Hello everyone looking to purchase a side arm this year /before 2014 deer season. So my question to you is. What cal. Do you carry or recommend ?
I wanted to carry my ruger Gp 100 357 mag but I could not find lead free ammo. I took my springfield XD .40 cal service.
I often carry a little sub-nosed Colt .38 special; but usually not while I am deer hunting. Side arms are for town, long guns/bows are for hunting.
Society in any state is a blessing, but government even in its best state is but a necessary evil. T. Paine
I am old enough to remember when this really was the land of the free. CS
depends where I'm hunting... sometimes il carry a 380 concealed carry pistol because it is light but in grizzly country its my ruger security six 357
Well all righty then
ruger 44 mag blackhawk
my uncle uses a blackhawk nice gun very heavy
Well all righty then
Ruger super redhawk .44 mag red dot scope
I wish it had a smaller MOA dot . I think a 2x scope with crosshairs would be better . But the red dot works for me . I am not a very good pistol shot I'm only good for about 40 yards . Yes I have a holster it fits in .
I'm thinking about a 357mag or 44 mag. Looking around
Glock 22 or S&W 329PD in bear town.
Human beings only have two ways to deal with one another: reason and force. Force has no place as a valid method of social interaction, and the only thing that removes force from the menu is the personal firearm, as paradoxical as it may sound to some.
The U.S. city with the most restrictive gun laws in the nation, Washington, D.C., has the highest murder rate at 24 per 100,000. The state with the most unrestrictive gun regulations, Vermont, has the lowest murder rate at 0.48 per 100,000.
Look at .41mag as well. If I was on the market for one, that's what I would get. Both Ruger and S&w make one.
What do you want this side arm for? Humans? A 9mm or 357 is enough. Cougar? Forget the 9mm and 38 spl. 357 is marginal. OS Bear? 10mm, 41 mag or 44 mag. Hunting? Start with the 10mm and go up.
I used to carry a RSBH (single action) stainless but after seeing a bear coming my way (No tag) I solid it and bought a double action. I wasn't sure if I would have the composure to cock the hammer every time I said "OS" and wanted the gun to go bang. I bought a 6" S&W but it was too large, heavy and difficult to draw. I now carry a S&W 44 Mountain Gun. Light frame, 4" barrel and easy to carry.
If your looking to hunt with the gun I would look for something with a longer barrel (5 5/8 or longer) for the better velocity and longer sight plane. I like the Contender and Encore but there are plenty of good double actions that will fill the bill. I would not consider anything lighter than the 41 Mag. or 10 auto. I don't consider autos for hunting because it doesn't tend to be as accurate for a 50 yard shot.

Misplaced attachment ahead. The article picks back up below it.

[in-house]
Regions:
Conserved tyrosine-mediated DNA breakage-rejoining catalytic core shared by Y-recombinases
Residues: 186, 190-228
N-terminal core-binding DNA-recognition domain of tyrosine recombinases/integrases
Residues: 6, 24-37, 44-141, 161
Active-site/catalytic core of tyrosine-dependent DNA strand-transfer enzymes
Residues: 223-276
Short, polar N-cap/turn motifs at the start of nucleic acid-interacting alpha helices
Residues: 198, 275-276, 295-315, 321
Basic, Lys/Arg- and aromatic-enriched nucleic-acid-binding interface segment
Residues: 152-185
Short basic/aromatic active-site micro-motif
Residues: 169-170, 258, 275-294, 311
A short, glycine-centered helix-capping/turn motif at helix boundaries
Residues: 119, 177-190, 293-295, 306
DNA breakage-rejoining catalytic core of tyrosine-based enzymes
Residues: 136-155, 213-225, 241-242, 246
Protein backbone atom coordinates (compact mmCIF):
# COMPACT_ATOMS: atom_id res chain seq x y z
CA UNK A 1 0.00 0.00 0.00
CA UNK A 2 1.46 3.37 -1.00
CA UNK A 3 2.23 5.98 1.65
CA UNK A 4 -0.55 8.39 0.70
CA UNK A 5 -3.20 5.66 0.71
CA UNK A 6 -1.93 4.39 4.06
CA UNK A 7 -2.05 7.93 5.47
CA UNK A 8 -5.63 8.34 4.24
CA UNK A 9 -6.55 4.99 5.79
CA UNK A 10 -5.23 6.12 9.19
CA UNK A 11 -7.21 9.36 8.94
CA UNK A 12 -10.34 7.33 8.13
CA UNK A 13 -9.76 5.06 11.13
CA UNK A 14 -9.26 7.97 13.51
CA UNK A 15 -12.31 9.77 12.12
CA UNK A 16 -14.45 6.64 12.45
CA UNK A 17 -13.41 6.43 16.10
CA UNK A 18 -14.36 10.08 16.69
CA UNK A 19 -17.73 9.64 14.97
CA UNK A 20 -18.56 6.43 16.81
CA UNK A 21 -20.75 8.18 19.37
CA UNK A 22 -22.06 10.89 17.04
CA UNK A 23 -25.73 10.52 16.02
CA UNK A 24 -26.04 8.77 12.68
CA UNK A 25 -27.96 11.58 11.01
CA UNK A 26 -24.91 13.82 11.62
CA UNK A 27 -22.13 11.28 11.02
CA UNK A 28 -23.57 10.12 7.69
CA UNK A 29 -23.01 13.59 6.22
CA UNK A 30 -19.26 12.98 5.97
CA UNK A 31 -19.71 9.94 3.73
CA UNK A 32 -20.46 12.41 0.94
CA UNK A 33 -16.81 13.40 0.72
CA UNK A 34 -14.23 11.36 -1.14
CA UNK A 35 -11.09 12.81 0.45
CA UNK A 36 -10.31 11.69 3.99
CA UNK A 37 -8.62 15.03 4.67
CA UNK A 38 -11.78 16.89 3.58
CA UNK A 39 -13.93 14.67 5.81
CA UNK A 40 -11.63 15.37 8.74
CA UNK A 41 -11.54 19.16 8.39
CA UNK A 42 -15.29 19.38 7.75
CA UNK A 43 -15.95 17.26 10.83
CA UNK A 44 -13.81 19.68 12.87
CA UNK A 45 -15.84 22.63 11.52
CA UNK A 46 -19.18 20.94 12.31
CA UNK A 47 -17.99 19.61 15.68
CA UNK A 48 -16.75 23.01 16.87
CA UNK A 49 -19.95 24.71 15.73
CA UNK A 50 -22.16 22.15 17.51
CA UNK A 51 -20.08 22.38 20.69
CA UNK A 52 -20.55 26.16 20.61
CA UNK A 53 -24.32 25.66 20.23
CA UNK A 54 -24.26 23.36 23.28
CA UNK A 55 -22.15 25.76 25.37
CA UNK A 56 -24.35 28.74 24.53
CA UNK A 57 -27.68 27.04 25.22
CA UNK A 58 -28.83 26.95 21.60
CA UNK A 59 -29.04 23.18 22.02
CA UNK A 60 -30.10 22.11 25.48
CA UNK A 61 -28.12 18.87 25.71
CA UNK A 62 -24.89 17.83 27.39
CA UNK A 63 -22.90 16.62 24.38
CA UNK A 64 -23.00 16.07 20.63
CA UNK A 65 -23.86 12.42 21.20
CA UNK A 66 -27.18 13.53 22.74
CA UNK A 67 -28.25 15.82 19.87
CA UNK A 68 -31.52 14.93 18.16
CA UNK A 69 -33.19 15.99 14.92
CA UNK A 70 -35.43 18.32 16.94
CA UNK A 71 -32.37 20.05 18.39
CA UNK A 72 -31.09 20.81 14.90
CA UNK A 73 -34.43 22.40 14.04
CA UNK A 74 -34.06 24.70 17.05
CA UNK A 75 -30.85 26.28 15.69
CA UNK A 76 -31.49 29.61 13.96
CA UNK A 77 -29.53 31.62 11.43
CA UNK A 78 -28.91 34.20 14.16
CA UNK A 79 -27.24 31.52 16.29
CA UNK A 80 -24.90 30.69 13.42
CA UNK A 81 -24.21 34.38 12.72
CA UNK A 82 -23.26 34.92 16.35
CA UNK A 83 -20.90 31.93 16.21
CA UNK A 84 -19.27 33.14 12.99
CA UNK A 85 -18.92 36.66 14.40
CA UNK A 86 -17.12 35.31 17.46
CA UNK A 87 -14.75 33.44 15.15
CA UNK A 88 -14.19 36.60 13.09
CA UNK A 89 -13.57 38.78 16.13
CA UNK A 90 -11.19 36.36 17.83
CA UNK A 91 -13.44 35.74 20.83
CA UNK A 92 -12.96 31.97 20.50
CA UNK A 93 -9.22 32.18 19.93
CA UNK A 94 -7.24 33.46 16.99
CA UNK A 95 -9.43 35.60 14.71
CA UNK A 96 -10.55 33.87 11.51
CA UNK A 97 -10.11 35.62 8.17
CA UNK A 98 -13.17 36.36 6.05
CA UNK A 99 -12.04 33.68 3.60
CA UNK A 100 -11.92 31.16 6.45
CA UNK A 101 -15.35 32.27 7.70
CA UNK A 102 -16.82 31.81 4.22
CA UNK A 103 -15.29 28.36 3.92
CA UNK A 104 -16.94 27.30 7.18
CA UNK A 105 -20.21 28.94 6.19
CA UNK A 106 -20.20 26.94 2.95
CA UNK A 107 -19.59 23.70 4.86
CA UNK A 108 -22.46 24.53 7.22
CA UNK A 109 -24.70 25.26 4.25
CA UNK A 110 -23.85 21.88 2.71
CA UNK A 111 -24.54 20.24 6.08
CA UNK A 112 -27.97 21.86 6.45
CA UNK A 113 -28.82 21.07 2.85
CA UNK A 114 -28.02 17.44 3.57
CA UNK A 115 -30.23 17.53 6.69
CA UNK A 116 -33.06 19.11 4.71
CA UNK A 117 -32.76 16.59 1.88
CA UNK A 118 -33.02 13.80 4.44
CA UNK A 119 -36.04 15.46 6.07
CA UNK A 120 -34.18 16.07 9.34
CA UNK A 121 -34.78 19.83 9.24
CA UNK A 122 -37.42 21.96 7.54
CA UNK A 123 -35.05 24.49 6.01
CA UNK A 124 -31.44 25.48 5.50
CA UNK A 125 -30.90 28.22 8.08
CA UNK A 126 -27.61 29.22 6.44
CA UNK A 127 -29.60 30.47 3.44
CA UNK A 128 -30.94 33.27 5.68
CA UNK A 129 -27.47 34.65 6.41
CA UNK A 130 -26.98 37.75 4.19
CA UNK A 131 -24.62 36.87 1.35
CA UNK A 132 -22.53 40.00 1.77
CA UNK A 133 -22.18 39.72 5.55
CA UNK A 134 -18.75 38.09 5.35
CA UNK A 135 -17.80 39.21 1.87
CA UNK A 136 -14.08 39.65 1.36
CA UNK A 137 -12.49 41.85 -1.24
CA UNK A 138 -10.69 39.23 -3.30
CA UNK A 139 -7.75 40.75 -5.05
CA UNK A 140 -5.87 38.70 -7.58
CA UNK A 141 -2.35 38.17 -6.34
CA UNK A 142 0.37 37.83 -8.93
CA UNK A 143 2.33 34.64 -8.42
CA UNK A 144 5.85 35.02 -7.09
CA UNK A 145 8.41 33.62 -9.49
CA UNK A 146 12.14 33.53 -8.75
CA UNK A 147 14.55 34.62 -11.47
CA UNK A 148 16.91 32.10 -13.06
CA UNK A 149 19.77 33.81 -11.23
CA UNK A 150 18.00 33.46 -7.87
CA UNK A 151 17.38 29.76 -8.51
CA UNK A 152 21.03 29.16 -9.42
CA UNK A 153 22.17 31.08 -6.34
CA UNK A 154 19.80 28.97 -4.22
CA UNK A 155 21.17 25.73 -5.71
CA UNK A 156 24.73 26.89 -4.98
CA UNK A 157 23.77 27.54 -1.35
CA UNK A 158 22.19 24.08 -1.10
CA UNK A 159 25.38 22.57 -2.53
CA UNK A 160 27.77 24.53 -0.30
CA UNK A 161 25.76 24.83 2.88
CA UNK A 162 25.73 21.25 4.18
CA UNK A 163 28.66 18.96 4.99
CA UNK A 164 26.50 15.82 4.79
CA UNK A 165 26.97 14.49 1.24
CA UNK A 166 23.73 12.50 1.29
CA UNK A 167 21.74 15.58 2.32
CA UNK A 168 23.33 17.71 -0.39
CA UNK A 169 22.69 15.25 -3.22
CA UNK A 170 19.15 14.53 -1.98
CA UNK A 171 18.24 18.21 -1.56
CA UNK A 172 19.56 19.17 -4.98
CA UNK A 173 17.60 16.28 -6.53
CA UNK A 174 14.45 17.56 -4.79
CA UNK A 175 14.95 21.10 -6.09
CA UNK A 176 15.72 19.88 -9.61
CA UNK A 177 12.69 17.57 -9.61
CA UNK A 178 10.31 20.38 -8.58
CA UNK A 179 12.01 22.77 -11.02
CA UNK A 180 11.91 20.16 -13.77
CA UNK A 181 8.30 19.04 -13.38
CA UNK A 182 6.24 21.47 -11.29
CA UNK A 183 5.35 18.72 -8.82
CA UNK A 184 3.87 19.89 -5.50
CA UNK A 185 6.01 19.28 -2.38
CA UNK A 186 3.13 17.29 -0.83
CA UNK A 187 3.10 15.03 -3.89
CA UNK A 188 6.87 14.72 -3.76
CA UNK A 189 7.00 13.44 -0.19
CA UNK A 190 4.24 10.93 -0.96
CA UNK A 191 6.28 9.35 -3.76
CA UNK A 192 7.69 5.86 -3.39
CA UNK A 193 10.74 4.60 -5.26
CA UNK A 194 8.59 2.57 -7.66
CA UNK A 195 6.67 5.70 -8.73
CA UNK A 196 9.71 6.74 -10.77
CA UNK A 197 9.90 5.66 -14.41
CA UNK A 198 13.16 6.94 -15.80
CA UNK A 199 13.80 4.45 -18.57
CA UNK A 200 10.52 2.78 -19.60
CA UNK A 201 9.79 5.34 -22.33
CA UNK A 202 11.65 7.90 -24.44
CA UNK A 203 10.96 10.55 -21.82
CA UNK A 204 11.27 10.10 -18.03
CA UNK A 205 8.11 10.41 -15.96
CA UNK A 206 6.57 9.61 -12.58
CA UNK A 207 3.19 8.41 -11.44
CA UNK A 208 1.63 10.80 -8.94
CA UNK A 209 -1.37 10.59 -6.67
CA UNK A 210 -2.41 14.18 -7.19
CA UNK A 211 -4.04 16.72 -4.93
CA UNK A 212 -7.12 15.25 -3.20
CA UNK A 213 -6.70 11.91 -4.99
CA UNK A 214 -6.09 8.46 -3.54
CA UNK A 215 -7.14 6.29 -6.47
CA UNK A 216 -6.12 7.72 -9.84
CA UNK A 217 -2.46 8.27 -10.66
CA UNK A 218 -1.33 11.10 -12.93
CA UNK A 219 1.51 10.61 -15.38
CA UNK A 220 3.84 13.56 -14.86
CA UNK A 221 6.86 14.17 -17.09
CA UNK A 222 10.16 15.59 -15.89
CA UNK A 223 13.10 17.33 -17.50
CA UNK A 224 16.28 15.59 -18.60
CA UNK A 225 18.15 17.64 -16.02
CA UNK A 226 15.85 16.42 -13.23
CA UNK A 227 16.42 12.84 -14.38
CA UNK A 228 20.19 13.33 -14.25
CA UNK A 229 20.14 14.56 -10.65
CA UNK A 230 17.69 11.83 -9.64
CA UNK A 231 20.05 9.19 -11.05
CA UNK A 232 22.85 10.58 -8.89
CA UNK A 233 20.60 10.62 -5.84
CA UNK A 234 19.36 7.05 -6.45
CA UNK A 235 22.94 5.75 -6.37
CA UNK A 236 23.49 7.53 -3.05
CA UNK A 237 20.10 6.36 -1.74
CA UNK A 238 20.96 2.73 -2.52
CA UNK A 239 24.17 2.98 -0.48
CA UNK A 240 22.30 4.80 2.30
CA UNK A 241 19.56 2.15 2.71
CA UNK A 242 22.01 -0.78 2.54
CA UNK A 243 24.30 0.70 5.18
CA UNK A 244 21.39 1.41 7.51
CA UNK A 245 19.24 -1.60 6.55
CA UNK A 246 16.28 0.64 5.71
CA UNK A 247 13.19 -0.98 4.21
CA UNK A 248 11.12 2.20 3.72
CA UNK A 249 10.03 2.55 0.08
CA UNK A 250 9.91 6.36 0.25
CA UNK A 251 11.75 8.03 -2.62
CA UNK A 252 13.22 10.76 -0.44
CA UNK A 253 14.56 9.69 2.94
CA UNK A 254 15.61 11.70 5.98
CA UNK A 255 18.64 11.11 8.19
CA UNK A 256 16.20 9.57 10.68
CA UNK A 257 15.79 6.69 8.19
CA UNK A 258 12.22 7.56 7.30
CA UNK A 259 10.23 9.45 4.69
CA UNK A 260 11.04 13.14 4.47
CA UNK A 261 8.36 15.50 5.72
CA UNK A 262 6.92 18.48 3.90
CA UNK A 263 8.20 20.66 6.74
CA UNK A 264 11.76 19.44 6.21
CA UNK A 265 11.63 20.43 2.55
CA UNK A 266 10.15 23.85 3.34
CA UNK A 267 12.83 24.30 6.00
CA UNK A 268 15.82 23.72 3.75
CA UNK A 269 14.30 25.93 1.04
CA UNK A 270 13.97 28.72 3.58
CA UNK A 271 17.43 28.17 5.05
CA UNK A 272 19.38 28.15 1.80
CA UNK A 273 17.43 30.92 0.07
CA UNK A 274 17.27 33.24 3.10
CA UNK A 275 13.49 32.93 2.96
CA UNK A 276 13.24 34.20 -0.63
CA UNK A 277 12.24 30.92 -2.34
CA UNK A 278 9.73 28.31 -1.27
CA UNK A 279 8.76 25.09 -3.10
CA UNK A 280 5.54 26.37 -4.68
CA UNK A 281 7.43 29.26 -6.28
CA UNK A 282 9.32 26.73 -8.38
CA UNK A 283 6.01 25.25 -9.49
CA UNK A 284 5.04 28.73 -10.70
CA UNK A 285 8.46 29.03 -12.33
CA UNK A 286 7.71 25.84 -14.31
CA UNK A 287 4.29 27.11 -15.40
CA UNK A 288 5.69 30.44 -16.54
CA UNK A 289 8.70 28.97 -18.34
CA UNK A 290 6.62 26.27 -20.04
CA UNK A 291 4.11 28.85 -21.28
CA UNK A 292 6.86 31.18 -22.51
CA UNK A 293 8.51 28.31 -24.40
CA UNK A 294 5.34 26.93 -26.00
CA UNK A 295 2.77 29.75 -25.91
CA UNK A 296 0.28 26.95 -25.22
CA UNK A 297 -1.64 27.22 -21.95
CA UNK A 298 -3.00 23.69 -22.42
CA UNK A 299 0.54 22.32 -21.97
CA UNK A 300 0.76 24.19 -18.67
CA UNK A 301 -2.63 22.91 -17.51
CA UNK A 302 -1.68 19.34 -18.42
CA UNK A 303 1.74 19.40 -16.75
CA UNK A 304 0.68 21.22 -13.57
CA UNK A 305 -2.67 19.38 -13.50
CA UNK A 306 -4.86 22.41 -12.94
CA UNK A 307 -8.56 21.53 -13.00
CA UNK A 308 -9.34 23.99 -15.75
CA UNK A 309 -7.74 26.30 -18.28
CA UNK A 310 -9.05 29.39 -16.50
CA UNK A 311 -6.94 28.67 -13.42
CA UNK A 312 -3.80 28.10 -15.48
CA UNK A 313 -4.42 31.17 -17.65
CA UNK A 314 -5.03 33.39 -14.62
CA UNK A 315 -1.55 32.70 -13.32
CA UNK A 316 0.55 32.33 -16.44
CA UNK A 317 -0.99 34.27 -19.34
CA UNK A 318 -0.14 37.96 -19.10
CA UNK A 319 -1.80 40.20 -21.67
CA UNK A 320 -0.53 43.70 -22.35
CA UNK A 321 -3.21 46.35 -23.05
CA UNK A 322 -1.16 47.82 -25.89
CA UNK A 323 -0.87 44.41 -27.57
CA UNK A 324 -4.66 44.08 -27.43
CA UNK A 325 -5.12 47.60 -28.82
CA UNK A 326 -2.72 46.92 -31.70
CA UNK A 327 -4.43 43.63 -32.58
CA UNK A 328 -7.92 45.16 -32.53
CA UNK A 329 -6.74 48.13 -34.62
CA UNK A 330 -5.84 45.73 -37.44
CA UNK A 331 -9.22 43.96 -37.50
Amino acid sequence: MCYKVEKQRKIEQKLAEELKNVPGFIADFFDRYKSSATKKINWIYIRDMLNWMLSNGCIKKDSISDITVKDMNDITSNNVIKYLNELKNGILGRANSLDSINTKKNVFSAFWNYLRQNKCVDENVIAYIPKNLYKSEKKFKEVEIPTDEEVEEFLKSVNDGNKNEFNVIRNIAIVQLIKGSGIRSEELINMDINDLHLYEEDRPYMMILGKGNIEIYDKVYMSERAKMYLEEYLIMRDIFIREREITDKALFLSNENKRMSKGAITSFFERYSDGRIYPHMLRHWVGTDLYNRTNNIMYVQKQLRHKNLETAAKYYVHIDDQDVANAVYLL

IMO it's hard to get one pistol for both defense and hunting. A hunting pistol is long, heavy and hard to draw fast in an emergency. Long barrel pistols are a pain to carry all day when you have a rifle in your hand. The short barrel pistols loose velocity, have a short sight plane, and aren't as accurate but will do short shots on game with the right caliber.
Don't consider concealed carry unless you have a permit. Even then when you need the pistol it won't be where you need it. If fecal material hits your osolating air moving devise you want that gun on your hip, not your leg or under your coat. I prefer to have my hunting knife on my shoulder strap where I can grab it in case a cougar grabs me. You'll hear a bear or human but not a cougar until he's grabbing you.
IMHO the best compromise pistol would be a Glock 19 in 10 auto. It's limited to 35 yard shots on game but will do very well for everything else you need.
I'm a conservative, I don't compromise well. I have a hand gun to fit every niche including a Contender in chambered 30-30 Win for hunting. You can't play golf with one club.
Last edited by freezer; 11-28-2013 at 08:54 AM.
Looking for a side arm just in case bear ,cougar anything large out in the mounts. Never know what you'll see . I have a sw40 at home . I don't think that's enough for bear etc etc
Now that we can only use lead free ammo. how will that change the effectiveness of the rounds I carry my Xd 40 because I can't find lead free .357 but the rounds are very hollow and low grain.
".357 but the rounds are very hollow and low grain"
No they're not! That's just the bullet design your looking at. There are many different bullet designs on the market including 158 gr hard cast lead.
I'm not sure how the law will be interpreted. If this is not a hunting weapon and only self defense then the law lead free law shouldn't apply but you'll have to argue that with the game warden. We have a while before this law goes into effect so there's time to research this question unless your hunting a lead free one.